YOUNG Liam Wakefield gets up every single morning with one clear motivation: he does not want the dream to end.
The highly-rated teenager, one of five youth team graduates offered professional terms last summer, is driven on by the desire to make a positive impression, to catch the manager’s eye in training, to do everything he possibly can to remain at the club he’s been at since the age of 12.
Cusworth lad Wakefield is living the Doncaster dream and he’s loving every minute of it.
With injuries aplenty in defence, the 18-year-old might have been handed his chance to impress this weekend as Rovers return to the familiar first round stage of the FA Cup.
But, much to his frustration, the former youth team skipper is cup tied - ironically after helping Saturday’s opponents Bradford Park Avenue set up a lucrative visit to the Keepmoat Stadium.
Wakefield’s hunger to play games saw him leave for Avenue on loan in August, a deal rubberstamped after Rovers’ 3-3 draw with the Conference North side in pre-season.
A rare start in a 3-1 win over Curzon Ashton in the second qualifying round was valuable game time for Wakefield.
But a twist of FA Cup fate also means his role this week has been confined to that of a club scout. The youngster has only good things to say about the wannabe giantkillers.
“They’ll come here and play,” said Wakefield.
“They’re a good side. They like to get the ball down and pass it.
“They’re not a typical lower league or Conference side who like to hit the channels. They get the ball down and play it out from the back.
“Danny Holland is the big targetman up front, he holds it up well and brings other people into play.
“Richard Marshall in the centre of midfield has got a good shot on him.
“And they’re dangerous on the wings. Paul Walker’s a tricky winger, he runs at people and gets good crosses in.”
Out of the quintet promoted from the youth ranks, Wakefield came up with the biggest reputation of the lot.
A string of commanding youth team displays at the heart of Doncaster’s defence alerted Arsenal to his obvious potential last season - something Wakefield is almost embarrassed to discuss.
There was never any danger, however, of the former Barnby Dun Rovers and West End Bentley junior losing focus.
If he did need one, a loan spell at the Horsfall Stadium in the sixth tier of English football would certainly provide something of a reality check.
“It went well, although it was a bit on and off in terms of games,” said Wakefield.
“I see myself as a centre back and I was asked to play right back a few times, but I enjoyed playing there and it helped me learn about a new position.
“The learning curve was the physical side of the game, and playing against men who have been doing if for years.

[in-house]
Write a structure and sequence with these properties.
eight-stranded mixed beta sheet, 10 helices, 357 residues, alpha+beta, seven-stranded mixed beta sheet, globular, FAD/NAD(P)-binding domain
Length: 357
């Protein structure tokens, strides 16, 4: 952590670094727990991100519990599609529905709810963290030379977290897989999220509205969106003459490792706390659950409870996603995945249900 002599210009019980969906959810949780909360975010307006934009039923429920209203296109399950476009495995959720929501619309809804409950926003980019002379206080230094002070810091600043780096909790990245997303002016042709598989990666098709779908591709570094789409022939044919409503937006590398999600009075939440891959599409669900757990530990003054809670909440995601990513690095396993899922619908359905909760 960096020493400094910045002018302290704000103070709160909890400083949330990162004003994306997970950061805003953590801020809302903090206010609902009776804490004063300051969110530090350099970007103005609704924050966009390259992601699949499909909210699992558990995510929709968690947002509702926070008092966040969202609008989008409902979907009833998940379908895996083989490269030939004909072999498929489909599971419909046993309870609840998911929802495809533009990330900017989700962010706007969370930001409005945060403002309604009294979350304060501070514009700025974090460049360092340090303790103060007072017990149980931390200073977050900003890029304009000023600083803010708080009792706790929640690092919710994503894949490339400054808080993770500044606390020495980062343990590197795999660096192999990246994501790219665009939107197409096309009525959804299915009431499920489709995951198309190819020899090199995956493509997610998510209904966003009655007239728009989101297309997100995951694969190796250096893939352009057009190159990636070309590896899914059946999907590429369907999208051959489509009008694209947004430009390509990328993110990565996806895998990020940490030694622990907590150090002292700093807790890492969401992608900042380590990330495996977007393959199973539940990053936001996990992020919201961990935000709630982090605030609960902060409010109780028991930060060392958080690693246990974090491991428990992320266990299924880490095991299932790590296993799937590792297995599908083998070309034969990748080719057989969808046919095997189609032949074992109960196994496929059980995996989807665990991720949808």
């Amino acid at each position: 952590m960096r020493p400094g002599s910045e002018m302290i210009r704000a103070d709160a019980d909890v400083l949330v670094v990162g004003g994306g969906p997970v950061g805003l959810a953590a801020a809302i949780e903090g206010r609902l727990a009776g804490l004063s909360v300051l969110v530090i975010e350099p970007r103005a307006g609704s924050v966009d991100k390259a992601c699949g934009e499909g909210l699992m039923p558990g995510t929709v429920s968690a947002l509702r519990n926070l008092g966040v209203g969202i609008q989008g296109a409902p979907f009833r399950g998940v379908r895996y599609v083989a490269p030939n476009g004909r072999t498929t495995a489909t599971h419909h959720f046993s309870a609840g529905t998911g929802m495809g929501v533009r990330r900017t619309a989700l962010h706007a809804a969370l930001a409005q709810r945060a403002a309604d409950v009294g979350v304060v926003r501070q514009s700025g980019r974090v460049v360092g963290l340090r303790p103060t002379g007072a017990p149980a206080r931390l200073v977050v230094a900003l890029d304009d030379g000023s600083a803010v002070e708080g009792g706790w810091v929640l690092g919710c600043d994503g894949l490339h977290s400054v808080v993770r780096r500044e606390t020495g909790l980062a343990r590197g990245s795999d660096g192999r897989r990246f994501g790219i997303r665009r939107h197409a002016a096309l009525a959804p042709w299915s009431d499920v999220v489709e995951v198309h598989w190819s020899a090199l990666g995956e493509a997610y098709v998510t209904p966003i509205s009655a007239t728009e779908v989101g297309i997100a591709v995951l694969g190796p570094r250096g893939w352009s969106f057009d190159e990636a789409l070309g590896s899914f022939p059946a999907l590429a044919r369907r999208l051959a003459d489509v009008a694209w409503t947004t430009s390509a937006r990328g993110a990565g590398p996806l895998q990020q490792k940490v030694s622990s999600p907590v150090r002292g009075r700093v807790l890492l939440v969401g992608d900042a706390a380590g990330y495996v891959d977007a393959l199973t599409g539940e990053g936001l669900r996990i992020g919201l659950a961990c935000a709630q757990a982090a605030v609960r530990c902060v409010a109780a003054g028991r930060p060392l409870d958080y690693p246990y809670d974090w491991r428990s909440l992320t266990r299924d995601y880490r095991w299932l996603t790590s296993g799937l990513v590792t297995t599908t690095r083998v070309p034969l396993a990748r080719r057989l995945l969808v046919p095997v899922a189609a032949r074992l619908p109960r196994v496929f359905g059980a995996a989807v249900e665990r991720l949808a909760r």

“I’ve got to be bigger, stronger and more vocal.
“It was frustrating being on the bench but they had a very settled first team and it was difficult to break into it.
“When I got my chance I did my best.
“It’s better to be part of a squad like here at Doncaster.
“It’s great to be with the first team, travelling to away games and feeling like you’re part of it.
“Obviously it’s more difficult to get games but I’ve just got to wait for my chance.
“If I get a chance in the first team I’ve got to be ready to take it.
“It’s a great feeling to be playing for my hometown team,” he continued.
“It’s just how I expected it to be - it’s challenging and hard work - but that’s the way it should be.
“It’s a nice feeling to be able to walk round Doncaster and know that you’re playing for your home town.
“I heard the rumours about Arsenal last season but unless there’s anything official you cannot really do anything about that.
“Basically everything I do this year is about getting another contract at Doncaster.
“Getting games is everything really.
“If it means going to Frickley, which is ten minutes from where I live, then so be it. I’ll go anywhere to be honest.
“I’ve got to do everything I can to start playing games in order to get a contract here.”
Wakefield, who made his Rovers debut as a late substitute against York City in the Capital One Cup might be on the fringes, but he is one of a small group of players to survive Dean Saunders’ summer revolution.
His assessment of the transition is telling.
“The mood’s great,” he said. “It’s a lot better than last year.
“Last season it was just so tense when you walked into the training ground. Everywhere you went it was tense.
“Players were here that didn’t want to be here.
“And there were players here that didn’t want other players to be here.
“This year everyone is part of the team.
“That’s why it’s a lot better - and that’s why it’s great going to away games. You really feel part of the squad.
And his thoughts on the gaffer?
“Dean’s good,” he said. “He’s very understanding. He’s been there and done it.
“He’s been our age and he knows what it’s like as a kid coming through.
“He’ll push you when you need pushing and he’ll try and do his best for you.
“It’s good to have someone there who’s been there and done it.”